It’s hard to be a Jew on Christmas

Growing up, my family often used the “christmas” holiday to go on vacation. It was onlya handful of years ago that I even realized the holiday was on the same day every year. It’s hard to be that annoyed at Christmas when you are chilling by a pool or a beach.

Then, again, we did live in the Midwest. I would see Santas and the over-saturation of Christmas stuff around me and feel mildly irritated. Having grown up in school choirs, I know all the songs and felt indignant that I had to sing Christmas songs. I used to lip sync the words that had to do with Jesus but sing along with everything else. My friend Julie and I made our Spanish teacher let us translate “I Have a little Dreidl” into Spanish so we had an alternative to “Noche de Paz.”  Some of my annoyance was actually a sense of pride that I was different. Even so, I laughed hard when Mr. Hanky and the South Park gang brought the song “It’s hard to be a Jew on Christmas” into the world.

The last few years, however, Christmas has taken on a whole new life on its own. I just happen to have fallen in love with someone who, with his family, loves Christmas more than just about anything else. He is probably the only person under the age of 40 who anxiously waits for COIT96.5 to start its all-holiday-light-rock-broadcast a few weeks before Thanksgiving. My first Christmas with their family saw my jaw constantly dropped at the sheer volume of gifts and decorations. I now live in a house that has to reserve at least three large plastic bins for all the holiday decor and its proper storage.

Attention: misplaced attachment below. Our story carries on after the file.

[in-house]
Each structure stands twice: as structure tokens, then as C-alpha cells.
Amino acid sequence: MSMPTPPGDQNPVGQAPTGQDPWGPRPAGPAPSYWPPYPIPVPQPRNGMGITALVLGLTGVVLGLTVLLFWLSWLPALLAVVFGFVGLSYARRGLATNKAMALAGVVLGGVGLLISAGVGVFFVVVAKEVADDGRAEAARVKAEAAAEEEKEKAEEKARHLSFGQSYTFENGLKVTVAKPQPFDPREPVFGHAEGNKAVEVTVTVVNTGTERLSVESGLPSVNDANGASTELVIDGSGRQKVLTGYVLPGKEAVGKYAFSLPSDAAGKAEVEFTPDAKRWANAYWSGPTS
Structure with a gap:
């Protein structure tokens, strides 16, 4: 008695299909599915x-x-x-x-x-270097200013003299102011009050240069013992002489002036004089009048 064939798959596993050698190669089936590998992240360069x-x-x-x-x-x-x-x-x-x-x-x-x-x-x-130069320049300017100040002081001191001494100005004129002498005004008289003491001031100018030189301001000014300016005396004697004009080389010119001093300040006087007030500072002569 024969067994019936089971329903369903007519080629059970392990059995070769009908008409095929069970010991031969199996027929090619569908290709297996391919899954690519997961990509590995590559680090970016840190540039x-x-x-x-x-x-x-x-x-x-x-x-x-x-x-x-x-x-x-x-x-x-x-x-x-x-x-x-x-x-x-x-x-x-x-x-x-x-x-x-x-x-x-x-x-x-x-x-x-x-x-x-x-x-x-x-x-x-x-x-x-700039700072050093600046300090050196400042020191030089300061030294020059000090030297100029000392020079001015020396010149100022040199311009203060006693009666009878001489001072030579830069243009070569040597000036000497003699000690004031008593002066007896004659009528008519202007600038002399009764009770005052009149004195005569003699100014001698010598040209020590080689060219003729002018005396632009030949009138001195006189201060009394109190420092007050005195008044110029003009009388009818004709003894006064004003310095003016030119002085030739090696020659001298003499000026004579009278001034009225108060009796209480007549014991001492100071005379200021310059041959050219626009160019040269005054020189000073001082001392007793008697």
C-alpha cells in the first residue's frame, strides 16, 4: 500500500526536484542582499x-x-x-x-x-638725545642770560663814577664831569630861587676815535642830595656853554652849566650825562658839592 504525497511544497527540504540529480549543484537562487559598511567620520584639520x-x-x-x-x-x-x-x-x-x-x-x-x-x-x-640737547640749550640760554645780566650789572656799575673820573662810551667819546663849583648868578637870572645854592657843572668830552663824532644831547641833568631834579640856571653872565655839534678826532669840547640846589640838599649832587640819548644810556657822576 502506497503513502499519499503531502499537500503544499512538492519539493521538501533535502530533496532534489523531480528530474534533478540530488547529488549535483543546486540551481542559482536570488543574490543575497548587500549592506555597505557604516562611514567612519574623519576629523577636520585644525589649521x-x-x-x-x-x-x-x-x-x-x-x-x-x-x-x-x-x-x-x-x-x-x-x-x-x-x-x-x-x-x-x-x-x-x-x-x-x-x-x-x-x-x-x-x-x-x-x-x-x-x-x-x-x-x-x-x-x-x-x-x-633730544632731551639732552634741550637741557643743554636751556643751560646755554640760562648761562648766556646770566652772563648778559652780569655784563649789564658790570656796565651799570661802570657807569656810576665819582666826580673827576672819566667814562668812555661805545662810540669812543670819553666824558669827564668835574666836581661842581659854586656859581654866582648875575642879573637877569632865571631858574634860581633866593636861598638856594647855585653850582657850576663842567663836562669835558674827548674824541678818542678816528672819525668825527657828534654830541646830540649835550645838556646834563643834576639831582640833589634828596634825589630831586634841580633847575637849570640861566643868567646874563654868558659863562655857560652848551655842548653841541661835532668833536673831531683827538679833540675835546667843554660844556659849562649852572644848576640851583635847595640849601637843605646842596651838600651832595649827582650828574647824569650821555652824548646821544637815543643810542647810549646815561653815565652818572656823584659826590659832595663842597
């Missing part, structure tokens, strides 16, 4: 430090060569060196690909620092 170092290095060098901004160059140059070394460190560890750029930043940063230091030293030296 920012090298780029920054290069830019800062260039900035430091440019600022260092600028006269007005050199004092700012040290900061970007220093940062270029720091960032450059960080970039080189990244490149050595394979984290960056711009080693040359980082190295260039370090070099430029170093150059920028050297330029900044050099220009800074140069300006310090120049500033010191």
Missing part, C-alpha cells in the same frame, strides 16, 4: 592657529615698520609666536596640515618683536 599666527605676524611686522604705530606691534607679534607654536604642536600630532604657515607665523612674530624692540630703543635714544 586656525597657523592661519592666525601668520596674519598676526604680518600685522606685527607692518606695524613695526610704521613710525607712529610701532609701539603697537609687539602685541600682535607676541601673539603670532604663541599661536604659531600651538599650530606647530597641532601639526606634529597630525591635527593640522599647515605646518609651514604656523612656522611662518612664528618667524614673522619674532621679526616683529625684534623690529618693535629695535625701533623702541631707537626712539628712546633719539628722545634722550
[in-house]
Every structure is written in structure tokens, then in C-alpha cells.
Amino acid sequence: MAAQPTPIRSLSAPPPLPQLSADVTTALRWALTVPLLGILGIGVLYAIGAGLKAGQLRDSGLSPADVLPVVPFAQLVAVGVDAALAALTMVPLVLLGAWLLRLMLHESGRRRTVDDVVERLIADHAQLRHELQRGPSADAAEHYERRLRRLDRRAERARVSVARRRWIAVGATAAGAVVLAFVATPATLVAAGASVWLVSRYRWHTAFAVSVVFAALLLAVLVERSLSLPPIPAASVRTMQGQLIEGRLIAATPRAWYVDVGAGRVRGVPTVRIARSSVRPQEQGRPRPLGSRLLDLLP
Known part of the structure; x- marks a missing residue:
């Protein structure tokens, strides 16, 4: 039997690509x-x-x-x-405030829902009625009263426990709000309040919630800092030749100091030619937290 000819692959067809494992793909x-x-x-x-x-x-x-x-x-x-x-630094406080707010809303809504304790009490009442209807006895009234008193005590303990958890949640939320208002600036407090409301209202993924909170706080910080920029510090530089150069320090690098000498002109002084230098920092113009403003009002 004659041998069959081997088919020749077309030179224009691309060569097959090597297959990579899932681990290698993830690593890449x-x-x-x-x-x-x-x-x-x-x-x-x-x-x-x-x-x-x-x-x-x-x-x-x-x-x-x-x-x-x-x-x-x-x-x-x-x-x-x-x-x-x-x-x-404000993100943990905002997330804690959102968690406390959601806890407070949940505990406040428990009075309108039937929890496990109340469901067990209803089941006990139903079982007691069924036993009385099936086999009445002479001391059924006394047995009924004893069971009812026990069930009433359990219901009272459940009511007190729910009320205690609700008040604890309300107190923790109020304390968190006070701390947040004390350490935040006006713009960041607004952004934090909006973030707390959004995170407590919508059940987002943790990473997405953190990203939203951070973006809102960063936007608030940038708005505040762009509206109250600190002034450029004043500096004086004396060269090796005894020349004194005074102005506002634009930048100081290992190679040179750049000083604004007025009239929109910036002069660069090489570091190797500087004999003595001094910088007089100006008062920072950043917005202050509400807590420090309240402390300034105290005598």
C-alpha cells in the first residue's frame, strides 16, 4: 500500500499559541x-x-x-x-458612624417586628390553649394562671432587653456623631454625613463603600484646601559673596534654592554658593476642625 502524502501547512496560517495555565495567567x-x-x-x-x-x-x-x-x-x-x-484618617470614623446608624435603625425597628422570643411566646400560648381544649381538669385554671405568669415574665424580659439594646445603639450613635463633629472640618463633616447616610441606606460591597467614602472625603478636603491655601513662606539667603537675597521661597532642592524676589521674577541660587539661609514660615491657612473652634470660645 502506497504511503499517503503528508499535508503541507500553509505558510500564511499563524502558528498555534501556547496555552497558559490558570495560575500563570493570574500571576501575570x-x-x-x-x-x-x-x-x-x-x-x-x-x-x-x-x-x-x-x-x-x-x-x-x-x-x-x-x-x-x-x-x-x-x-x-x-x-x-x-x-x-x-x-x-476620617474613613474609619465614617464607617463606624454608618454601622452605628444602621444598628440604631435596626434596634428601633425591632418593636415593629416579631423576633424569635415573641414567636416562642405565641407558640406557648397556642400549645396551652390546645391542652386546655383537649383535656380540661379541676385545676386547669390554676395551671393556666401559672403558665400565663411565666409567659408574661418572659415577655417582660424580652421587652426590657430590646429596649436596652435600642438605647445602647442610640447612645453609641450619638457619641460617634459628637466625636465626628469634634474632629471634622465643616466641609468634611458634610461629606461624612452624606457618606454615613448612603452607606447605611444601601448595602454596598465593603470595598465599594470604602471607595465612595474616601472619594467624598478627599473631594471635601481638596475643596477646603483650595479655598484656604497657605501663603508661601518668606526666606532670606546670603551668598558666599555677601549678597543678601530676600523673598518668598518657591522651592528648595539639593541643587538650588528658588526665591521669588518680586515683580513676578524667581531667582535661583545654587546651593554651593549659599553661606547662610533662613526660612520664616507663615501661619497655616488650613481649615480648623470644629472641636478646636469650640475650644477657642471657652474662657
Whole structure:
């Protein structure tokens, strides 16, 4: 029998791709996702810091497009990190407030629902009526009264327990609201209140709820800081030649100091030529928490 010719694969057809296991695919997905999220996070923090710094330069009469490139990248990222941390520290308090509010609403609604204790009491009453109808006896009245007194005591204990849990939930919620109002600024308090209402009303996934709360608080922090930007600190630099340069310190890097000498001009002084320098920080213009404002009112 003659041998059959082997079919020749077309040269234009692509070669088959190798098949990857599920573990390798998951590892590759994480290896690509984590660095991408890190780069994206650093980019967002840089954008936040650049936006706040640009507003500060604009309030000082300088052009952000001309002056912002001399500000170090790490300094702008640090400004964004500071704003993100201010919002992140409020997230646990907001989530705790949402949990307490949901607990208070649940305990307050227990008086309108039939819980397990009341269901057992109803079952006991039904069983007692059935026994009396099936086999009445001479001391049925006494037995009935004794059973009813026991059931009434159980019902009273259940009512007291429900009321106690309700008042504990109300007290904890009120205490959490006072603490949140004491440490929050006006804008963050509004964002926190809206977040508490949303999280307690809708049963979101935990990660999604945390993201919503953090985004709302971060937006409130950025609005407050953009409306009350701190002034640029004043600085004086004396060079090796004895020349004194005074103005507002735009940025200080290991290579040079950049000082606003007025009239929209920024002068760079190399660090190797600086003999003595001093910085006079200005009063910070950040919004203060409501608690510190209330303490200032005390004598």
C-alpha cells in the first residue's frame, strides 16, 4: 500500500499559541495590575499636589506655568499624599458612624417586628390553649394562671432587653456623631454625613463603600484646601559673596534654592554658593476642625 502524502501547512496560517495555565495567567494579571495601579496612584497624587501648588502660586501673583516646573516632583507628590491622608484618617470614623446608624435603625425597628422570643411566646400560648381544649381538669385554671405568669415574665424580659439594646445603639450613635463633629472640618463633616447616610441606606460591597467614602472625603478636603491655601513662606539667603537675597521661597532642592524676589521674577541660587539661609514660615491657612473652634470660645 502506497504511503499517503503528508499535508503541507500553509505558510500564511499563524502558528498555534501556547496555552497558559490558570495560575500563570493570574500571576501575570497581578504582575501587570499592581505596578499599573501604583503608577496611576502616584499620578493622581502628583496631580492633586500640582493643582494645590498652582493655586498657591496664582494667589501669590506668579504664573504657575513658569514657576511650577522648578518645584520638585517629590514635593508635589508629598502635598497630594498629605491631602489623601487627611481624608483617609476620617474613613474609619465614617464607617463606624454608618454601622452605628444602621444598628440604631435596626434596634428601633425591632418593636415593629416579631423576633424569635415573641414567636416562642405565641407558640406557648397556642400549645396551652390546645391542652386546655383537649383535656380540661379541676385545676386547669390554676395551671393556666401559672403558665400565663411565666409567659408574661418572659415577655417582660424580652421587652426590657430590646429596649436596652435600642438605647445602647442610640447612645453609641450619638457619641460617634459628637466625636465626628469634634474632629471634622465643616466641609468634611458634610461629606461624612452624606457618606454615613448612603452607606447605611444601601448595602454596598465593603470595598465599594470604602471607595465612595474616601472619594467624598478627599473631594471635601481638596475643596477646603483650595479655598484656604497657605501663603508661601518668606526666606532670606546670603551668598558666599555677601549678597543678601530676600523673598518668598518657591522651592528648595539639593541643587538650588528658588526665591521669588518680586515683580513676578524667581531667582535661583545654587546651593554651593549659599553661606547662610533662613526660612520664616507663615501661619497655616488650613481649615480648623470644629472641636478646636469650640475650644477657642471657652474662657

Now that we live together, I am on my second Christmas tree. Last year, we went to the lot to choose our tree. And I kind of lost my mind. I couldn’t put into words what I was feeling but I couldn’t stop the tears either. The tree, itself, was grand and smelled good. I like hanging out by its lights and having ornaments that remind us of moments in our relationship. But something about having that tree really hit me hard. This year, I am proud to report, I picked out the tree without a single tree. I even did a bunch of the house decorating on my own!